Nate, the things you mention like no make up, no movies, etc. are applications historically maintained by the Church of Scotland of principles outlined in the original Westminster Stds. As you know, I agree with those particular applications, and I'm glad the FPCS is seeking to uphold them. With respect to the confessional standards of the FPCS (the original Westminster Stds), as you know I fully subscribe to them, which means I believe they are true and without error in laying out what scripture teaches. It should surprise no one that the church can derive from the Bible true confessional stds, given it is the "pillar of truth" per the Bible. I find it rather amazing that some individuals agree with no church's confessional standards, but believe they know what is true. Such must think they are the "pillar of truth" and not the church. I think I have made it clear that I believe the FPCS does not perfectly implement its standards, nor do I believe any church on the earth before the Lord's return will. Some examples: some laxity in enforcing movie ban (see http://www.puritans.net/news/moviesfpcs051607.htm); inconsistency in suppressing jewelry (http://www.puritans.net/news/attire040604.htm); allowing some officers to believe and teach that Roman Catholic baptism should not be accepted. As I note at http://www.puritans.net/news/biblicalrealism021207.htm , "...we should not expect there to be perfect implementation of the Biblical standards outlined in the original Westminster Standards by any church. The very standards themselves aver as much..." I do not accept that all churches have confessional/constitutional errors. I believe the FPCS's standards are true, but I believe the RPCNA's are not true. But I readily agree no church is perfectly pure. A church ,like a person, may hold to the Ten Commandments, but that does not mean they can perfectly keep them. The church we should join is to be the "pillar of truth", but there is no Biblical expectation that it will be perfect before the Lord returns.

Andrew Duggan said...

Mr. Eshelman,

Thanks for those clarifying words. It is a mess, but not always based on schism. That's what the 20th Chapter of the WCF is all about. While some will use that to justify what is probably schism, I don't think one can successfully argue that all division is schism.

So my question is, does a church which holds to the WCF have the right to bind the conscience of its members?

There's not a lot to pick from for someone who is Reformed, really believes in the RPW (EP, wine in the Lord's Supper,no xmas or easter), etc.

The Holy Spirit leads all who are in Christ into all truth, but He does not do it all at once or at the same rate (or in the same order of doctrines) from person-to-person or group-to-group.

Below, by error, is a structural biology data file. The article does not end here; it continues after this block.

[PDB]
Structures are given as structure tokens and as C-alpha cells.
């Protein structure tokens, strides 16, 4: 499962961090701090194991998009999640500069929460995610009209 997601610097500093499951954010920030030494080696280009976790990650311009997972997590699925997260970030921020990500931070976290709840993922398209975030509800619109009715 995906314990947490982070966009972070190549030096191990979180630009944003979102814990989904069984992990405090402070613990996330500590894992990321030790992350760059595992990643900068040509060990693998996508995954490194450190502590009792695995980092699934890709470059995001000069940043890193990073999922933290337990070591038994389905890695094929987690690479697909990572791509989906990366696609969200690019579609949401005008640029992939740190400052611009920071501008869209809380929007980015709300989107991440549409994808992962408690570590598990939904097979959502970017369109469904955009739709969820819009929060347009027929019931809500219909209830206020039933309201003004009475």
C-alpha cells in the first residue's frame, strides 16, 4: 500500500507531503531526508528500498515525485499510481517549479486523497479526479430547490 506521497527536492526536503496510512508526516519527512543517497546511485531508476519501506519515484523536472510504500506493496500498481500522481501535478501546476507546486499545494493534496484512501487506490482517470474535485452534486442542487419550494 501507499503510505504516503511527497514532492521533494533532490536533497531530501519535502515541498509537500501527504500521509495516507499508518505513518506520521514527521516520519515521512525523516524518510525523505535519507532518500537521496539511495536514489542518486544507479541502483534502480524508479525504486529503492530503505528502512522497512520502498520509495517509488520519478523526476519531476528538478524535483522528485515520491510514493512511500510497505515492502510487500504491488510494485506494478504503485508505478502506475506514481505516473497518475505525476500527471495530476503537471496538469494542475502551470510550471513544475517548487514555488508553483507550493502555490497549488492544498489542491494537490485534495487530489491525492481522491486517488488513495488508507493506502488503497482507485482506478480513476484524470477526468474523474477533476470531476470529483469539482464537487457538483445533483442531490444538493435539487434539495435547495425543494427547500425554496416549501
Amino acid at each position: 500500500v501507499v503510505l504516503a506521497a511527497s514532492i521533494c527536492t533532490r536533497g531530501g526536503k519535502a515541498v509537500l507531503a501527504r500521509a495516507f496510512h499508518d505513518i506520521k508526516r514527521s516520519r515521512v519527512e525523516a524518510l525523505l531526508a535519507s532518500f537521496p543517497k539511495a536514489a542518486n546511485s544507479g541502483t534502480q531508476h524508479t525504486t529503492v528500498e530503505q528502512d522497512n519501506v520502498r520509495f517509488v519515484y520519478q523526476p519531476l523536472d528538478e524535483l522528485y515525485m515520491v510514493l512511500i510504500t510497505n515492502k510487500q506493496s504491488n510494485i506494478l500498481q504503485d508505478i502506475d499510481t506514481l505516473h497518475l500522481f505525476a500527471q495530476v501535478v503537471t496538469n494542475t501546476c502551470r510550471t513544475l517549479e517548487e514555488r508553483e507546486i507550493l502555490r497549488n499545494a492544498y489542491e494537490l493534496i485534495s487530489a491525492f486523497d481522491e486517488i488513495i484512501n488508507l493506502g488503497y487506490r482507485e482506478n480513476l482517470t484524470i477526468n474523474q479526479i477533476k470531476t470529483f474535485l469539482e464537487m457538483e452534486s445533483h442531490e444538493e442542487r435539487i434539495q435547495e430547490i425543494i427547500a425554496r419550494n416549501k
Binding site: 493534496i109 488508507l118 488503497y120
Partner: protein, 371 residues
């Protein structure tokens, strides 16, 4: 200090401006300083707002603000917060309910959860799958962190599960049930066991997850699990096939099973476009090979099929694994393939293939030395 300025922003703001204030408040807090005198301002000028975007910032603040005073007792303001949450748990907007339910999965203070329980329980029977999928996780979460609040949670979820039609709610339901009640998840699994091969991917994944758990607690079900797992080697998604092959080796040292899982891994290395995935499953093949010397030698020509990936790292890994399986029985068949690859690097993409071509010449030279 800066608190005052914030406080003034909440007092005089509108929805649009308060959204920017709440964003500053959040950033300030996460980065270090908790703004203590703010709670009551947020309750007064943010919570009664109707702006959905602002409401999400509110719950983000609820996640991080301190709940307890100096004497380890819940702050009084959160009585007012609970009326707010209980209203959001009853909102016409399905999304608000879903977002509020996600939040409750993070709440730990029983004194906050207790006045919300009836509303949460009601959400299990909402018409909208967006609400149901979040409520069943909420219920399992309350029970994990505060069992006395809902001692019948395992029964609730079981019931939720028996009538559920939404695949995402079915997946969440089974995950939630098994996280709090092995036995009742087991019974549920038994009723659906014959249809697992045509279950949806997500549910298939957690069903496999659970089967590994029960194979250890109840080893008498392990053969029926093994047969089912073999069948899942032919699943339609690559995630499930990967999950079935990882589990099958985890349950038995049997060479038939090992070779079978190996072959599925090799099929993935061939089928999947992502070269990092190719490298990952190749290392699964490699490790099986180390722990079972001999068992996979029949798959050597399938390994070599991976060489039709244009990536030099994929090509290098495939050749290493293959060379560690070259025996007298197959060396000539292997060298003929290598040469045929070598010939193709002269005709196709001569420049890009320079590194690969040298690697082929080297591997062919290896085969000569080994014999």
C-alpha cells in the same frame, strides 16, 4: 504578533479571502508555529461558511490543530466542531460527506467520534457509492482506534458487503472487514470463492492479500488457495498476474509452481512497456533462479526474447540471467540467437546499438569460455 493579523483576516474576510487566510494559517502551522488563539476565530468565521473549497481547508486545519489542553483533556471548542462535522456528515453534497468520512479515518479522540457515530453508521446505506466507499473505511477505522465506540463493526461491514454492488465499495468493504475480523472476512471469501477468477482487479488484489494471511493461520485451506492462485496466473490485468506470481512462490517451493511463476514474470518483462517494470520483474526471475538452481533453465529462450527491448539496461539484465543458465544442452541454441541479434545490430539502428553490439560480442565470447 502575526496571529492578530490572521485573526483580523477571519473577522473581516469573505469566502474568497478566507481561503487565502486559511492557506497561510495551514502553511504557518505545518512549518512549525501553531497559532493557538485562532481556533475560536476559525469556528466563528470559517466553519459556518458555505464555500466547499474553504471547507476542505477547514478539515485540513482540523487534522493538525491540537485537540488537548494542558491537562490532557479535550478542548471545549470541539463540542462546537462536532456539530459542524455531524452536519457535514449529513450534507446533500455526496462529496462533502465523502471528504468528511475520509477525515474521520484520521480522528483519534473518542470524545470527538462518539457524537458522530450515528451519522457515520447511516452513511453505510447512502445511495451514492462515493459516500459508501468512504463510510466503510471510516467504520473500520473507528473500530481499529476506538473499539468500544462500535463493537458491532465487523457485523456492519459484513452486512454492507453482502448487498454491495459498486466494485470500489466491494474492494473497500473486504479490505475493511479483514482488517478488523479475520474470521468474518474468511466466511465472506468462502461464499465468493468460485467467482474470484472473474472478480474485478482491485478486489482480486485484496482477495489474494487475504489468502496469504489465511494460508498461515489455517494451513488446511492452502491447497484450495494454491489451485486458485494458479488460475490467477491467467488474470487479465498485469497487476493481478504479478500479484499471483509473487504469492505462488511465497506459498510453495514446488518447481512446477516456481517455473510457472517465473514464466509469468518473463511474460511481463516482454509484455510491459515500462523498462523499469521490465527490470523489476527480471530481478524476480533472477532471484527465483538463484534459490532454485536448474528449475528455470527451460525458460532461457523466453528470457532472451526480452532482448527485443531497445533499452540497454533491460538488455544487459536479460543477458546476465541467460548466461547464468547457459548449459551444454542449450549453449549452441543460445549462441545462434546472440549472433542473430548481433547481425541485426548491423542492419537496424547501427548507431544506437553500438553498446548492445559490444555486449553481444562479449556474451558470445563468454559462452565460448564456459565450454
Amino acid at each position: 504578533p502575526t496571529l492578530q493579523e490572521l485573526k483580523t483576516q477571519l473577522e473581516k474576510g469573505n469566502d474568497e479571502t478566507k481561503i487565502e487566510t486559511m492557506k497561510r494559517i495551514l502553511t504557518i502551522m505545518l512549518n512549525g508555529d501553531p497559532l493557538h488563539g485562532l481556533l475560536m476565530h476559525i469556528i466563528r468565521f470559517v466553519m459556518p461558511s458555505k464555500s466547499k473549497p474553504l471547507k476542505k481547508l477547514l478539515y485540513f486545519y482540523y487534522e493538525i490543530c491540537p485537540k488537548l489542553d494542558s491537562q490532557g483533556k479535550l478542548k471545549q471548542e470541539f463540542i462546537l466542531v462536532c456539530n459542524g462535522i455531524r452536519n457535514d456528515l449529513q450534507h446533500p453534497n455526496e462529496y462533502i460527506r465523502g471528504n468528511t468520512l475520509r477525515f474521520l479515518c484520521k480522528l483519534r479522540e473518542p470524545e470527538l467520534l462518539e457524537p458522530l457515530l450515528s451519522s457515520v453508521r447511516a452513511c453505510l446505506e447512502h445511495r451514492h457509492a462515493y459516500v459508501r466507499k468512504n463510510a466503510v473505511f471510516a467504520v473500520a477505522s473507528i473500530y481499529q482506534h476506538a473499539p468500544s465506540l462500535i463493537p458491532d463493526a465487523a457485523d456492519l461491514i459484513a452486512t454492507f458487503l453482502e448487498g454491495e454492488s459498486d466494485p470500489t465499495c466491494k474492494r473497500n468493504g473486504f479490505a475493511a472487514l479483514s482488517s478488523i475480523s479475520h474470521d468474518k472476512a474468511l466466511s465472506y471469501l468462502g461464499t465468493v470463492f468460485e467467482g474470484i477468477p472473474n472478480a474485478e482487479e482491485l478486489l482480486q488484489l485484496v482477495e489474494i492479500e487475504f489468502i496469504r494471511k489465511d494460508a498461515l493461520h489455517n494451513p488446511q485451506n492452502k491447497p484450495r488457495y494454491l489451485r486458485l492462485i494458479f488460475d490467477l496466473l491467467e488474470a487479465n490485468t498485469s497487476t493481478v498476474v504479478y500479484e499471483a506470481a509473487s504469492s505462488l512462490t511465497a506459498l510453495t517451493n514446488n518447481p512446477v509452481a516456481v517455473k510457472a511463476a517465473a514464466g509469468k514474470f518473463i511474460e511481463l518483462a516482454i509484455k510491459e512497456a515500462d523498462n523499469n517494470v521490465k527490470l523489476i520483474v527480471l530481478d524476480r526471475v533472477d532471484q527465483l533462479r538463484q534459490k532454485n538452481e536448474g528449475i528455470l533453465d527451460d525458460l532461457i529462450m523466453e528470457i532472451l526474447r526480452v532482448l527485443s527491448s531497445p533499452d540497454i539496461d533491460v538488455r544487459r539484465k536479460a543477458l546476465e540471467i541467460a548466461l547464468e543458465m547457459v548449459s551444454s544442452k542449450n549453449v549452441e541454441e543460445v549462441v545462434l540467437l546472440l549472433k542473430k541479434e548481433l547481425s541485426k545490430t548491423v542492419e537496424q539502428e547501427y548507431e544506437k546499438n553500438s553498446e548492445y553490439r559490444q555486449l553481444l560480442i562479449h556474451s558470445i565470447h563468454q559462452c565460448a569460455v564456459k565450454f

Bottom line is that I am unconvinced that organizational unity on earth was the thing for what Christ was praying in John 17.

Robbie said...

excellent musings,

to help sharpern your thoughts I recommend John Frame's book "Evangelical Reunion." I found his piece helpful over this past Christmas break as I needed guidance through a few things. Also there is Tim Keller's article on subscription in the PCA, it is helpful and helps one figure where one is in the debate.

my own thought is a realization of our own depravity. Do we realize how sinful we are, and how wrong we are in our lifes? We do need a humble orthodoxy in these discussions.

Parnell McCarter said...

Church union is a noble goal commanded in scripture, but there are two diametrically opposed approaches. On the one hand there is the approach I have advocated in such articles as http://www.puritans.net/news/biblicalrealism021207.htm , which is described this way: “So long as there is full subscription to the Biblical standards outlined in the original Westminster Standards and a reasonably good faith effort on the part of the church assembly to implement those standards, we should seek to be united to such a denominational church. On the other hand, we ought not to join ourselves with churches that do not fully subscribe to the Biblical doctrines outlined in the original Westminster Standards. And we ought not to join with denominations schismatically formed, when there was already a denomination which fully subscribed to the Biblical standards outlined in the original Westminster Standards and there was a reasonably good faith effort on the part of the church assembly to implement those standards.” Implicitly or explicitly, this has been the historical approach of the Free Presbyterian Church of Scotland (FPCS), and my prayer is that it will continue on this path. On the other hand, there is the basic approach advocated by John Frame in his book Evangelical Union, which rejects what has derisively described by some as “rigid confessionalism”. This basic approach is the one being pursued by those denominations such as in NAPARC and in the International Conference of Reformed Churches (ICRC). These two approaches inevitably lead in two very different directions, the resultant distance and differences becoming more obvious in time. And it is safe to say that for the immediate future the numbers will favor the latter approach.

Parnell McCarter said...

Please excuse my mis-spelling. Make that Evangelical Reunion. Here is a choice quote from Frame’s book which captures the approach well: “The sort of unity my wife experienced in her neighborhood Bible study I have also experienced, especially in pro-life activity. In a recent rally I attended, the most eloquent speaker by far was a Roman Catholic priest, and he was at his best when he spoke of salvation through Christ alone. Oh yes: he also mentioned that he addressed Mary in prayer. He carefully explained that he did not worship Mary, but that she was part of the communion of saints and he desired her fellowship as he desired that of living saints, in bringing his requests to God. I still do not share his assurance that Mary hears our prayers and somehow relays them to God; but in that context the distance between my views and those of the priest-- on that matter, anyway, did not seem terribly far apart. He was fighting-- far more heroically than I, for he had been to jail often for his convictions-- a battle for Jesus and for the little ones made in God's image. I have no doubt that he and I are fighting the same battle. Before we talk about dissolving denominations into church unions, we need an influx of new vision.”

Jody said...

Hey Nate, thanks for the post, I quite enjoyed it.

Anonymous said...

"What was Calvin's advice in letters to those who only had Lutheran churches to attend? Be Lutheran." Would kindly provide a reference for this? Thanks!